Aim’s quality companies prove a bigger draw
17th April 2010, Financial Times (Money),
The Alternative Investment Market is seeing renewed investor interest, say Ellen Kelleher
After returning an impressive 66 per cent in 2009, shares on the Alternative Investment Market (Aim) are seeing renewed interest from private investors seeking the chance to make further gains – and shelter them from inheritance tax. Companies are also returning to Aim to raise funds. A flurry of companies offered shares on Aim in the first three months of the year – ranging from Bellzone Mining, which raised £33.6m to develop an iron ore mine in Guinea, to CSF Group, which supplies data centres to Malaysian companies. In March alone, the four initial public offerings – from Emis, CSF, Sherborne and Digital Barriers – raised a total of £203m, well up on the £19m raised in February and the £14.4m in January. Analysts say that this uptick in enthusiasm confirms that Aim is still a sought-after launch pad for companies looking to raise capital – in spite of its patchy performance of late. Aim outperformed the wider UK market by a significant margin last year, but over five years it lost 34 per cent while the FTSE 250 rose 44 per cent.
Azhic Basirov, head of capital markets with advisory firm Smith & Williamson, says: “The Aim market, as a whole, hasn’t been performing too badly, certainly compared with other stock markets around the world. Aim was one of the best-performing markets last year.” Although the appetite for share issues remains weak elsewhere, Aim companies also raised more than £4.7bn through secondary issues last year – a 50 per cent improvement on 2008, according to financial advisers Baker Tilly. At the same time, the size of the companies listed on Aim has been increasing. Statistics from London Stock Exchange show that, at the end of March, there were 160 companies with a market capitalisation of more than £100m, compared with only 77 at the end of 2008. This has been partly due to some smaller companies leaving the market. Last year, 293 companies left Aim, including many towards the bottom end of capitalisation scale. As a result, by the end of March, there were only 122 companies with a market capitalisation of less than £2m – well under half the number a year ago – and only 515 with a market capitalisation of less than £10m, compared with 806 at the end of 2008. “The number of delistings last year was a small positive,” said Sean O’Flanagan, an investment adviser with Collins Stewart. “It was part of a self-cleansing process and the overall quality of Aim market has improved as a result.” Today, the average market capitalisation of a company listed on Aim is £44m compared with just £24m two years ago. In Baker Tilly’s report on Aim, Chilton Taylor, the firm’s head of capital markets, writes: “Now that the dust has settled on 2009, one can see that Aim’s aggregate membership is undoubtedly of a higher quality than before. This can only be good news for the market. As economic stability returns, and the UK economy benefits in the post-election period, there is cautious optimism for Aim’s primary market expansion in the second-half of 2010.” But Richard Plackett, who runs BlackRock’s UK Smaller Companies and UK Special Situations funds, says weeding out the good companies is still difficult.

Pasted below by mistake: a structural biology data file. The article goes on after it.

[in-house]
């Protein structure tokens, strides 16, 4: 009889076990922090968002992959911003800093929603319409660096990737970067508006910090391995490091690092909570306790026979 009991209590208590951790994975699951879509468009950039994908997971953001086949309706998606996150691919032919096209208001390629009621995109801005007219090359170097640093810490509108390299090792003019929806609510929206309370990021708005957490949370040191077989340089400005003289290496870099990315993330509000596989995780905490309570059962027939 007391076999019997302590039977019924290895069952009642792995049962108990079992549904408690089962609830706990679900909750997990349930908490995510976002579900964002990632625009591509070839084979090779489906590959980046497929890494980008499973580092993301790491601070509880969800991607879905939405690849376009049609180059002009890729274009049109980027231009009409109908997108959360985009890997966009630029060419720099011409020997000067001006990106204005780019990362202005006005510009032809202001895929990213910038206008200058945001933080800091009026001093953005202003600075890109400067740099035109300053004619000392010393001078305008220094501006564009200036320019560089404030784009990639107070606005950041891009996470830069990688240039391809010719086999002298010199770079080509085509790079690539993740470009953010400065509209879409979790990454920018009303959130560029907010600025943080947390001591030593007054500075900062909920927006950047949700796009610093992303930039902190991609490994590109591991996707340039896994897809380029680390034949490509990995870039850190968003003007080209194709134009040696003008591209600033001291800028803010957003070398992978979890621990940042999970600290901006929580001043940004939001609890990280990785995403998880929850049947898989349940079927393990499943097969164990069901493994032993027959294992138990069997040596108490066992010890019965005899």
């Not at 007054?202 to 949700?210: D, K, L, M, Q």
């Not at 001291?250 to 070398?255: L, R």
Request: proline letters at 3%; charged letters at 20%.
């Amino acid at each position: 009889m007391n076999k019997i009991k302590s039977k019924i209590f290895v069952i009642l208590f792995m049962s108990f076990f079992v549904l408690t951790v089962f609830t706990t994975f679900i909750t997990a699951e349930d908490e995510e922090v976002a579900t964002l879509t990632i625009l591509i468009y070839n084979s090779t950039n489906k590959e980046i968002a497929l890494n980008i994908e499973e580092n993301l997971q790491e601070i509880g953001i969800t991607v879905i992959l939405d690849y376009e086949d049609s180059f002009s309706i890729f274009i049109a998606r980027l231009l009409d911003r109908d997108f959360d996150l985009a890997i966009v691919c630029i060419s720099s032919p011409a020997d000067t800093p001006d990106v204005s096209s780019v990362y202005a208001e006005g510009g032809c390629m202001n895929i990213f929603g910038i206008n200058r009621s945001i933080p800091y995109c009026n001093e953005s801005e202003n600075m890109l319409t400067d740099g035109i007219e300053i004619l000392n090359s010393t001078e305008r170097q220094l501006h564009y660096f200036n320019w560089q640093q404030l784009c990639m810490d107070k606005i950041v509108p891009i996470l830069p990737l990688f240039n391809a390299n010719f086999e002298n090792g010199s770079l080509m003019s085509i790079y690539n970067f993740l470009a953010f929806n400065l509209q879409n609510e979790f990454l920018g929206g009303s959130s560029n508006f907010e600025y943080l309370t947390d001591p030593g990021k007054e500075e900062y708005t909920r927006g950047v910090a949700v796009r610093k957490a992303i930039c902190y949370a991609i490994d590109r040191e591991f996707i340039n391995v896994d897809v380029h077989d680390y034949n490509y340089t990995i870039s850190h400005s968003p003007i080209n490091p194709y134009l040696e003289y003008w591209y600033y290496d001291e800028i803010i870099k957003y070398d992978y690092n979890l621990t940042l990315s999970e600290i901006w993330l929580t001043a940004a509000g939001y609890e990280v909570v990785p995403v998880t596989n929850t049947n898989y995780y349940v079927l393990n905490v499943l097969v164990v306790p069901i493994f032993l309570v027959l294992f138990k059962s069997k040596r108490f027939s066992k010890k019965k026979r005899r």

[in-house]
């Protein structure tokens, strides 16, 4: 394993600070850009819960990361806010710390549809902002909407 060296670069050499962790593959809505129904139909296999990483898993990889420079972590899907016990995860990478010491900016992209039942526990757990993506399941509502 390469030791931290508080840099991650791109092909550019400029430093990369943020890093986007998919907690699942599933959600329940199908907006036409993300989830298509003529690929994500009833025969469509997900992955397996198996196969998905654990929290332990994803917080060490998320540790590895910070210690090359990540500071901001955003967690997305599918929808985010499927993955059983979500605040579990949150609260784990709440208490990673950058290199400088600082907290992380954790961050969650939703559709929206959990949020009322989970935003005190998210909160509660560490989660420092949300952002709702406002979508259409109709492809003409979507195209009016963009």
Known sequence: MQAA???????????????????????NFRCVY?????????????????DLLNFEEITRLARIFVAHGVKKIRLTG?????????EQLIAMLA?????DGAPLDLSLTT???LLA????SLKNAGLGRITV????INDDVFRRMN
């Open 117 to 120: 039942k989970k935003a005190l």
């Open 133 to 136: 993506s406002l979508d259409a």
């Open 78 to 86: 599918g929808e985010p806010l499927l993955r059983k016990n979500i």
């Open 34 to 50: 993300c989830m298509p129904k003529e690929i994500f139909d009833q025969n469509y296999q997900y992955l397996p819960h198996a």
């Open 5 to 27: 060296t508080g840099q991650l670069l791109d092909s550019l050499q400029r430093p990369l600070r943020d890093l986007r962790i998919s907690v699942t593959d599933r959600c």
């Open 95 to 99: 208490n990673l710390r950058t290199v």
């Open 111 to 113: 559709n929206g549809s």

“You have to look hard at the fundamentals,” he says. “We look to invest in companies with experienced managers, strong market positions, the ability to generate cash and sound balance sheets. May Aim companies fail those tests because they are too immature.” However, all Aim companies offer tax breaks, as they are deemed “unlisted” for tax purposes. This makes them 100 per cent exempt from inheritance tax (IHT) once held for two years, under the business property relief (BPR) rules. Investors can therefore transfer assets into managed Aim IHT portfolios to quickly reduce the value of their taxable estates, while potentially protecting, or growing, their capital. Aim IHT portfolio services are now offered by nearly 20 UK asset management firms, to allow investors to take advantage of the tax relief on “unlisted” securities. A portfolio run by Octopus Investments, for example, includes stakes in 25 Aim companies and requires a £30,000 minimum. For investors, another boost was provided in the Budget last month, when chancellor Alistair Darling announced that the government will consider allowing Aim shares to be held in individual savings account (Isas). A possible relaxation of the rules on venture capital trusts (VCTs), now under consideration, could also make it easier for VCTs to invest in Aim shares.